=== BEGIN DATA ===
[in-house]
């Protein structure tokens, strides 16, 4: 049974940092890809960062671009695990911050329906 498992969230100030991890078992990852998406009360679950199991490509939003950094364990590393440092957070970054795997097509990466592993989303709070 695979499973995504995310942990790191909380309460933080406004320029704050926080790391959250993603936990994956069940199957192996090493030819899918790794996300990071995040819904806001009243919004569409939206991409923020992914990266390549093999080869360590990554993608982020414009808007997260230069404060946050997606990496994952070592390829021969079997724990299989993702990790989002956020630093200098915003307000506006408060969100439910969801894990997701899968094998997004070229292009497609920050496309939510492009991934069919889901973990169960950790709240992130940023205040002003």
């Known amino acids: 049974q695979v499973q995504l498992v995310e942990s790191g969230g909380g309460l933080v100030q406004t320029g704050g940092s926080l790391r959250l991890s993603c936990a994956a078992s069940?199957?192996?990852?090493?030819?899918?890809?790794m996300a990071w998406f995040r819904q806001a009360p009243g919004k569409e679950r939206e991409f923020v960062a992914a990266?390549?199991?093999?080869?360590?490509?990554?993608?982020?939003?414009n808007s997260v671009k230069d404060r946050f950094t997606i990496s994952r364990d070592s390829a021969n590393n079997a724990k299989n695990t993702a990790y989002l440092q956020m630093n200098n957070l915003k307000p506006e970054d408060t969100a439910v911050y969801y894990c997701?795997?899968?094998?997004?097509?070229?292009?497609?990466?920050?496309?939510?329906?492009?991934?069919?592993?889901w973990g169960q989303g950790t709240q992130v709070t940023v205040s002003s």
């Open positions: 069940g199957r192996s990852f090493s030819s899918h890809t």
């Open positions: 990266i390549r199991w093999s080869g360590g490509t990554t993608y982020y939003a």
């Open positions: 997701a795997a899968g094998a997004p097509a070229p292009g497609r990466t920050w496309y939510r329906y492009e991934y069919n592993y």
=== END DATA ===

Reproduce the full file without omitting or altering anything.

[in-house]
């Protein structure tokens, strides 16, 4: 049974940092890809960062671009695990911050329906 498992969230100030991890078992990852998406009360679950199991490509939003950094364990590393440092957070970054795997097509990466592993989303709070 695979499973995504995310942990790191909380309460933080406004320029704050926080790391959250993603936990994956069940199957192996090493030819899918790794996300990071995040819904806001009243919004569409939206991409923020992914990266390549093999080869360590990554993608982020414009808007997260230069404060946050997606990496994952070592390829021969079997724990299989993702990790989002956020630093200098915003307000506006408060969100439910969801894990997701899968094998997004070229292009497609920050496309939510492009991934069919889901973990169960950790709240992130940023205040002003």
């Known amino acids: 049974q695979v499973q995504l498992v995310e942990s790191g969230g909380g309460l933080v100030q406004t320029g704050g940092s926080l790391r959250l991890s993603c936990a994956a078992s069940?199957?192996?990852?090493?030819?899918?890809?790794m996300a990071w998406f995040r819904q806001a009360p009243g919004k569409e679950r939206e991409f923020v960062a992914a990266?390549?199991?093999?080869?360590?490509?990554?993608?982020?939003?414009n808007s997260v671009k230069d404060r946050f950094t997606i990496s994952r364990d070592s390829a021969n590393n079997a724990k299989n695990t993702a990790y989002l440092q956020m630093n200098n957070l915003k307000p506006e970054d408060t969100a439910v911050y969801y894990c997701?795997?899968?094998?997004?097509?070229?292009?497609?990466?920050?496309?939510?329906?492009?991934?069919?592993?889901w973990g169960q989303g950790t709240q992130v709070t940023v205040s002003s």
């Open positions: 069940g199957r192996s990852f090493s030819s899918h890809t």
């Open positions: 990266i390549r199991w093999s080869g360590g490509t990554t993608y982020y939003a």
């Open positions: 997701a795997a899968g094998a997004p097509a070229p292009g497609r990466t920050w496309y939510r329906y492009e991934y069919n592993y």